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vendredi 17 octobre 2014

It is just a goodbye!

Source Feito Por Brasileiros by Marc Pottier
We are pleased to announce that the exhibition Feito por Brasileiros had received more than 100.000 visitors, 400 journalists coming from all over the world during its 5 weeks. This total success would not have happened without your great support and your amazing energy. I wanted to thank you so much for your key participation and for having believing that we all could do it in such a short period of time. We are pleased to announce you that more than 500.000 people all around the world had share their passion for the exhibition throughout the social media. Not only in Brasil, but also also in USA, France, Italy, Spain, Corea. Brazilians from Rio de Janeiro, Manaus, Fortaleza, Belo Horizonte, Porto Alegre, Curitiba, Recife, Salvador had also joined our creative invasion throughout facebook, instagram and other networkings. The exhibition's last day, Sunday 12th, brought about 15.000 visitors. Marc Pottier curator
Thank you all for inviting us to participate in this amazing adventure, Hervé Perdriolle, Shantaram Gorkhana, Sadashiv, Balu and Kishor Mashe
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jeudi 16 octobre 2014

Kaleidoscopic India

Source Maison Guerlain

Découvrez en avant-première le montage de l'exposition KALEIDOSCOPIC INDIA, présentée à partir du 17 octobre par la Maison GUERLAIN au 68, Champs Elysées, avec des oeuvres de Jangargh Singh Shyam, Atul Dodiya, Jivya Soma Mashe, Jitish Kallat, Pushpa Kumari, Sudarshan Shetty, Shine Shivan, Nalini Malini, Bhuri Bai, Bharti Kher, Ram Singh Urveti... exposition associée au Parcours Privé de la FIAC.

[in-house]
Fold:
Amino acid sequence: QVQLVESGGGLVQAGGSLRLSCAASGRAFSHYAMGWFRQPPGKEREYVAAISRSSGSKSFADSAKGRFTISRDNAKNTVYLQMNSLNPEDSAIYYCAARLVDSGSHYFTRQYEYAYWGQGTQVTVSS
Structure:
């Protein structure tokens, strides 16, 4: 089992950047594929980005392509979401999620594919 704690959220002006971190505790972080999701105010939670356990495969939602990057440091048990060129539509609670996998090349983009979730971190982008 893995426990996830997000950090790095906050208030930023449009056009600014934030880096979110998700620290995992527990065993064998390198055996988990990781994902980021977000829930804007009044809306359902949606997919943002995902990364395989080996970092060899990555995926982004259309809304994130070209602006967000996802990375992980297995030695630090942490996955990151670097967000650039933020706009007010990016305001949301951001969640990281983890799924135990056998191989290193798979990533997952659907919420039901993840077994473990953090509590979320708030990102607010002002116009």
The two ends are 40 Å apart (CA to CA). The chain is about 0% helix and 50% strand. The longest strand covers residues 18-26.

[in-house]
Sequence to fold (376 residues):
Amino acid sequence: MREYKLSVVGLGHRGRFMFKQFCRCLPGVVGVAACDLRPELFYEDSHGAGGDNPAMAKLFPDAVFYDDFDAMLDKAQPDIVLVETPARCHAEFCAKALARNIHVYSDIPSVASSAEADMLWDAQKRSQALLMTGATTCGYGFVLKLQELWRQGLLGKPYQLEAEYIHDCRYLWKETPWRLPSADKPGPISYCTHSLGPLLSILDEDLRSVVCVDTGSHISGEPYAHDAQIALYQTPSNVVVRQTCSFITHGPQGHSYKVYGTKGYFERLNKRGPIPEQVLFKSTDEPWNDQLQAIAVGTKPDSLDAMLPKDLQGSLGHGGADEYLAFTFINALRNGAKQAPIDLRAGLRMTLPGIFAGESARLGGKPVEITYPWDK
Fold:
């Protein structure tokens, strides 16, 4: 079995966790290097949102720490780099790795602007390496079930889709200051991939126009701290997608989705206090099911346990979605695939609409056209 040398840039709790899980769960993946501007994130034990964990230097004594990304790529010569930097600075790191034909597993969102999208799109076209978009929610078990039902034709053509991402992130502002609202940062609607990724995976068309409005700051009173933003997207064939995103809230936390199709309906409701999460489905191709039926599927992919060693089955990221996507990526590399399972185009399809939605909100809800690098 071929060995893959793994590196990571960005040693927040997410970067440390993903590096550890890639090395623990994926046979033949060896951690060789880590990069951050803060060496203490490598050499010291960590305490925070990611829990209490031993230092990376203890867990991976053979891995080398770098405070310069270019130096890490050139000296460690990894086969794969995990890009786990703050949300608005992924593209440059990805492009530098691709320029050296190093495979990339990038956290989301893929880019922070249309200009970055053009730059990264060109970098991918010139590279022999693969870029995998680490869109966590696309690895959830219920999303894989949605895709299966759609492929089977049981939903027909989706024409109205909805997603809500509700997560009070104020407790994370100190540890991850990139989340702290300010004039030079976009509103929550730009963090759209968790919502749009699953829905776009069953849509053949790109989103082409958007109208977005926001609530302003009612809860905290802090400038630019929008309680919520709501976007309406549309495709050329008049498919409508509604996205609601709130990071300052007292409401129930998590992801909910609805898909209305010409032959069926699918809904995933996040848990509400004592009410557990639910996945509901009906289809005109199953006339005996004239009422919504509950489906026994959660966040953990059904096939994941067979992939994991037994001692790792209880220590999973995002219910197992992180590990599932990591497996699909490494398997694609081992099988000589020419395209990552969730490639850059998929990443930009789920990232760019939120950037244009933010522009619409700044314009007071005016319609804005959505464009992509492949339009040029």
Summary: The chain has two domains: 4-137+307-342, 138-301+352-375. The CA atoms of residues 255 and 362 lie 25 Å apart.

samedi 11 octobre 2014

mercredi 8 octobre 2014

Kaleidoscopic India, un événement du parcours privé de la FIAC

Source Galerie Hervé Perdriolle
Parmi les quinze artistes contemporains Indien présentés dans l'exposition "Kaleidoscopic India" conçue par Caroline Messensee pour la Maison Guerlain, dont Rina Banerjee, Atul Dodiya, Jitish Kallat, Nalini Malani et Shilpa Gupta, six font partie de la galerie. Bhuri Bai, première femme de sa tribu à avoir commencé à peindre sur toile. Pushpa Kumari, présente dans les collections du FNAC. Jangarh Singh Shyam, exposé à la dernière biennale de Gwangju en Corée. Jivya Soma Mashe, montré lors des 30 ans de la Fondation Cartier. Ram Singh Urveti, présent dans les collections du Bharat Bhavan. Et enfin Shine Shivan, jeune artiste de 33 ans, nominé pour le Skoda Prize, l’équivalent du prix Marcel Duchamp en Inde.
> "Kaleidoscopic India" Maison Guerlain 68 Champs-Elysées 17 oct - 24 nov

YIA Art Fair Paris NG & Shine Shivan

Source Galerie Hervé Perdriolle
Artiste nomade voyageant de résidence en résidence à travers le monde et déjà présentée au Palais de Tokyo et au MAM de Paris ou encore tout récemment au Rockbund Art Museum à Shanghai, NG participera ici à son premier salon d’art contemporain. NG y présentra une série de 100 dessins intitulée "Erotic Jungle". NG dessine avec la précision des botanistes les plantes quelles croisent sur son chemin. Survivre en se nourrissant de plantes est l'une de ses expériences de vie. Les dessins érotiques sont nés de l'observation des plantes.
Shine Shivan, découvert pour la première en France au YIA 2013, avec sa série de dessins "Glimpse of Thirst" réalisés avec une épine de cactus, en guise de plume, et du venin de cobra en guise d’encre, nous propose pour le YIA 2014 une performance intitulée "Lucifer", une série de dessins réalisée au rythme d’un dessin par jour pendant trente jours dans l’enfer de Faridabad, une ville industrielle devenue banlieue éloignée de New Delhi.